Story Highlights• Senate panel's report says most severe challenges were expected
• Intel predicted factional fighting, insurgency and al Qaeda and Iran roles
• Bush says he made decisions taking all information into account
• Shiite cleric al-Sadr urges his militia to stop fighting fellow Iraqis
Adjust font size:
BAGHDAD, Iraq (CNN) -- Before the United States invaded Iraq in 2003, U.S. intelligence predicted many of the current challenges there, according to a Senate Intelligence Committee investigation report released Friday.
Those predicted -- and realized -- problems included an increase in al Qaeda operations, sectarian violence within Iraq and Iran's efforts to shape Iraq's future after the ouster of Saddam Hussein.
Intelligence analysts also predicted that establishing a stable democracy in Iraq would be a "long, difficult and probably turbulent challenge," the report said.
Noting that prewar Iraq was a "deeply divided society," intelligence warned that Shiite reprisals for their oppression under Hussein's regime would be a "major concern to the Sunni elite and could erupt if not prevented by an occupying force," the report said.
U.S. occupation of Iraq could lead to increased terror attacks and operations by al Qaeda, which was judged likely to seize the opportunity presented by the occupation, the intelligence community said, according to the report.
In addition, the report said, a U.S. occupation of Iraq "probably would result in a surge of political Islam and increased funding for terrorist groups."
Invading Iraq would provide an opportunity for Tehran to expand Iranian influence as well, the intelligence community said, and Iranian leaders might "try to influence the shape of post-Saddam Iraq to preserve Iranian security and demonstrate that Iran is an important regional actor," the report said.
Committee Democrats said the Bush administration's refusal to heed the warnings has led to "tragic consequences."
"The committee is unable to answer the question as to whether the president personally was presented with the intelligence community's informed judgments about the factors that could prevent success from being achieved in Iraq," said the Democratic response, signed by committee chairman Sen. Jay Rockefeller of West Virginia and two others.
"What can be said with greater certainty is that these prewar cautions were marginalized, if not ignored, by an administration set on going to war."
But Republican members of the committee said the investigation had become "too embroiled in politics and partisanship" to deliver an "accurate and meaningful report that both sides could support."
They accused Democrats of "cherry-picking" information for political gain.
It pointed out the intelligence community's assessments on post-war Iraq were only one tool available to policy makers and military planners before the Iraq war.
The report appears "to be aimed at assaulting the current administration," the Republican members said.
Two other Republicans on the committee, however -- Sens. Olympia Snowe of Maine and Chuck Hagel of Nebraska -- supported the conclusions of Democrats.
During a news conference Thursday, President Bush stood by his decision to enter the war.
"Going into Iraq, we were warned about a lot of things, some of which happened, some of which didn't happen," Bush said. "And, obviously, I made a decision as consequential as that, I weighed the risks and rewards of any decision.
"I firmly believe the world is better off without Saddam Hussein in power," Bush said. "I know the Iraqis are better off without Saddam Hussein in power. I think America is safer without Saddam Hussein in power."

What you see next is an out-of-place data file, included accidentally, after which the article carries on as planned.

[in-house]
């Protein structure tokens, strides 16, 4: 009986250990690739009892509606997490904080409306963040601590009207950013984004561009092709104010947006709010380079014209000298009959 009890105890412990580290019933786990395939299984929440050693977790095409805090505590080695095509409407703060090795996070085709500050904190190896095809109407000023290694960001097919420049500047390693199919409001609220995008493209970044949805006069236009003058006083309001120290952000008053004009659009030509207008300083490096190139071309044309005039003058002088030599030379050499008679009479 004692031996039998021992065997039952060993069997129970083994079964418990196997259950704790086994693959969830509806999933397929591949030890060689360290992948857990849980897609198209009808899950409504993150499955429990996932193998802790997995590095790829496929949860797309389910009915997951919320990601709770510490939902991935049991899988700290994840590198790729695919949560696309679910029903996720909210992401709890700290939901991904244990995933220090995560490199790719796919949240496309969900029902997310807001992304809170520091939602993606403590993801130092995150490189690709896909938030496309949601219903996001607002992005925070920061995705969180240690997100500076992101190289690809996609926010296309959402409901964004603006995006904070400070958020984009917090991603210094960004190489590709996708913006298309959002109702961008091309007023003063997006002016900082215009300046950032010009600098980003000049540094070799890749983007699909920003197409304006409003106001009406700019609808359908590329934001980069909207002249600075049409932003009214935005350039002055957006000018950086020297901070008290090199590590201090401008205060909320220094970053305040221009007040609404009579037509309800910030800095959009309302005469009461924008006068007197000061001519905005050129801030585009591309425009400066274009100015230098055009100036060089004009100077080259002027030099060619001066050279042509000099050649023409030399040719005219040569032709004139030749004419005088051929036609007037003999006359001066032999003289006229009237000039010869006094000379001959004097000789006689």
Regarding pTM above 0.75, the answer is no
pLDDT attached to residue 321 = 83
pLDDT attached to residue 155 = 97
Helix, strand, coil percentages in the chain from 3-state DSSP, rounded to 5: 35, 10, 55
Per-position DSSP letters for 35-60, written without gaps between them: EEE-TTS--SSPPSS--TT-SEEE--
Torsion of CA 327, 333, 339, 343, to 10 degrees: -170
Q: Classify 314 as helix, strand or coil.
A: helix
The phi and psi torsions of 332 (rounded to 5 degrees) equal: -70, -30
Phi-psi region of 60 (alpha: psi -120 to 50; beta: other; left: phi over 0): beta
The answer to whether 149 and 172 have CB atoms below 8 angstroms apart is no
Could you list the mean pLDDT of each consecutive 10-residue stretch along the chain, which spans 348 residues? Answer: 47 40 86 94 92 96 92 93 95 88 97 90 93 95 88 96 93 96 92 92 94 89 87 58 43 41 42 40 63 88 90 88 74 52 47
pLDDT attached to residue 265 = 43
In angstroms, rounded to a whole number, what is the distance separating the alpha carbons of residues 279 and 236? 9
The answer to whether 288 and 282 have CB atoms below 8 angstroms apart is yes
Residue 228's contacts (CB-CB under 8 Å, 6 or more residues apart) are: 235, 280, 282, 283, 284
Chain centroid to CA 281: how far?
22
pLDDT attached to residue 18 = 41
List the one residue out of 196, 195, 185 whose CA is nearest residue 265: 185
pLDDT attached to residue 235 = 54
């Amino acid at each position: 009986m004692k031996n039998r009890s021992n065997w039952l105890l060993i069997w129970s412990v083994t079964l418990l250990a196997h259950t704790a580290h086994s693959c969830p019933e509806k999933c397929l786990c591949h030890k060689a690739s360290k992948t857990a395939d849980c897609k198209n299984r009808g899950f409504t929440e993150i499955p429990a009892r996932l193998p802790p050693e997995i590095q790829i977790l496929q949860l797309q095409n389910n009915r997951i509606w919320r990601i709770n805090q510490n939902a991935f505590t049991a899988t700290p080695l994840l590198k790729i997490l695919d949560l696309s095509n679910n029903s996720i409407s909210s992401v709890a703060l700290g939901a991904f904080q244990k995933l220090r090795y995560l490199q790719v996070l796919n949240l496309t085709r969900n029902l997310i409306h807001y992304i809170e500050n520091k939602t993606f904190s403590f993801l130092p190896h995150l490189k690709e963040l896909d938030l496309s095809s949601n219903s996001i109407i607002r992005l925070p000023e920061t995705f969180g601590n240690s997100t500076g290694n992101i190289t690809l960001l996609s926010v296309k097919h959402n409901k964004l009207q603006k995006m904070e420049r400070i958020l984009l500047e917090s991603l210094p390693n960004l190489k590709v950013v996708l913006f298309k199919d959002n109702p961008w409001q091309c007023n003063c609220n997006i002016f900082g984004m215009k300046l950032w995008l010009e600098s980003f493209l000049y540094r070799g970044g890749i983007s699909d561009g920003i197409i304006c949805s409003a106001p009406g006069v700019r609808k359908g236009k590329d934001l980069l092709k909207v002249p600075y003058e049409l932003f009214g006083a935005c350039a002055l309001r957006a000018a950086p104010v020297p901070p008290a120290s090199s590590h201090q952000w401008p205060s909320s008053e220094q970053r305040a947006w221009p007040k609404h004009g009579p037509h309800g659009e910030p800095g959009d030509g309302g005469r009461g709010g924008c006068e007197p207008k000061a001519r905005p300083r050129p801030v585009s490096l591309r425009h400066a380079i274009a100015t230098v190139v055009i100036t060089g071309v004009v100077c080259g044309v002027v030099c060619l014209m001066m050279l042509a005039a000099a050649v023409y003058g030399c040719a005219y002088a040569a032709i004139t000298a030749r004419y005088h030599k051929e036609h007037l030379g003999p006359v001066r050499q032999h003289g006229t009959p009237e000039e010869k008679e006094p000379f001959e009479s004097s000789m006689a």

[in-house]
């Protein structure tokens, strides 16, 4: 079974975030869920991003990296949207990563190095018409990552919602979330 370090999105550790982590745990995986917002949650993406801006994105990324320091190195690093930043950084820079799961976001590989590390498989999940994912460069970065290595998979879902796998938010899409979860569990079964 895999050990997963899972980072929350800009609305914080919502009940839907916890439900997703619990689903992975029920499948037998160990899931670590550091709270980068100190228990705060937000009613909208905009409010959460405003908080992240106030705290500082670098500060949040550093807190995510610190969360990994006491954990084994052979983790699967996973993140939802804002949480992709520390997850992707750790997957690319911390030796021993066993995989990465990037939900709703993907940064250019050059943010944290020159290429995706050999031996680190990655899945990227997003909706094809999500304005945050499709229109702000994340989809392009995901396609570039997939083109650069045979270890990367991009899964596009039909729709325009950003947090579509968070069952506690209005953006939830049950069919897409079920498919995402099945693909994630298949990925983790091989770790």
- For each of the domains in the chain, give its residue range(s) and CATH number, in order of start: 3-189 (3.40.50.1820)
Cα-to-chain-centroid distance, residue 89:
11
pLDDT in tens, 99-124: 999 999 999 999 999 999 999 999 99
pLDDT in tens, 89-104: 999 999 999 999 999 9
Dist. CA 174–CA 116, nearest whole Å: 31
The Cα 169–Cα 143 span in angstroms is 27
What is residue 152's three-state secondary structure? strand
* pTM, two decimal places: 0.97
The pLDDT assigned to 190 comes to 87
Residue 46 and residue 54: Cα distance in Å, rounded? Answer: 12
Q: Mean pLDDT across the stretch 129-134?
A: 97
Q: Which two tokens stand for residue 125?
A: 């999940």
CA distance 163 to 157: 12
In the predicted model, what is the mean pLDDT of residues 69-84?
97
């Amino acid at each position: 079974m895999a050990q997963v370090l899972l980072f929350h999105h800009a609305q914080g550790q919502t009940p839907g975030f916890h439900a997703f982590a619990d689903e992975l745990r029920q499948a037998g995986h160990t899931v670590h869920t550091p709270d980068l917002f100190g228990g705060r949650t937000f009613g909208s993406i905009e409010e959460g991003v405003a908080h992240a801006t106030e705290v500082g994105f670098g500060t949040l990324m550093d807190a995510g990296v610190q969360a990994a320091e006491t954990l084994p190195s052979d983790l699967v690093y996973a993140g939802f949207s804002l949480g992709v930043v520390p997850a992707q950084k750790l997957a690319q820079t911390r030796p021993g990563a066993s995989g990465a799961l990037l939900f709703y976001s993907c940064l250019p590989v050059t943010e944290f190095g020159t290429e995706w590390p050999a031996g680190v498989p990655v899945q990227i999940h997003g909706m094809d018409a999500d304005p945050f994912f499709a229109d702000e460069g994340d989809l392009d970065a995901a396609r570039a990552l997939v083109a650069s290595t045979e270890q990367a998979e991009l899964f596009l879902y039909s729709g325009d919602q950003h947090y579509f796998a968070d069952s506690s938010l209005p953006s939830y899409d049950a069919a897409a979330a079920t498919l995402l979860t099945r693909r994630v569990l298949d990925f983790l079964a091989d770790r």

Cleric resurfaces, instructs his forces
Meanwhile, anti-American cleric Muqtada al-Sadr, making his first public appearance in four months, on Friday ordered his Mehdi Army militia not to fight with Iraqi police and army forces.
"From time to time, we hear of clashes between our brothers in the Mehdi Army and the brothers in the Iraqi police and army," al-Sadr said in a sermon at a mosque in the Shiite holy city of Kufa, south of Baghdad.
"Pay attention: This is an important point," he said. "As far as I know, the occupation is behind this, creating an excuse for it to stay in our beloved Iraq. So don't give it a reason, please." (Watch al-Sadr deliver a fiery sermon )
Calling the message a fatwa -- a religious legal ruling -- al-Sadr said that "any fighting between the brothers is not allowed and [is] forbidden as long as they follow the good and reject the wrong. I advise the dear brothers in the Mehdi Army to resort to peaceful choices if they are attacked by the weak souls."
Al-Sadr, thought to have been in Iran since February, reached out to Sunnis, who have been locked in sectarian struggles with Shiites in Iraq.
"From here, I specifically mention the Sunni brothers. It is the occupier who came between us and divided us from them to weaken the Iraqi people."
U.S. military spokesman Maj. Gen. William Caldwell said the military hopes al-Sadr's "return will contribute to the ongoing dialogue we've already established and had going on now for several months with Shia groups here in Iraq."
In southern Iraq, "a prominent member of the militant arm" of al-Sadr's Mehdi Army was killed Friday by Iraqi special operations forces in Basra, the British military said.
The forces targeted and killed Wissam Abu Qadir, who resisted arrest, in the Hay al Antiza district of the predominantly Shiite city, the British military said. It said Qadir was a top criminal leader involved in "weapons trafficking, theft and assassinations."
CNN's Arwa Damon, Jomana Karadsheh and Paula Hancocks contributed to this report.
Shiite cleric Muqtada al-Sadr gives a sermon Friday at a mosque in Kufa, Iraq, in his first public appearance since February.
Quick Job Search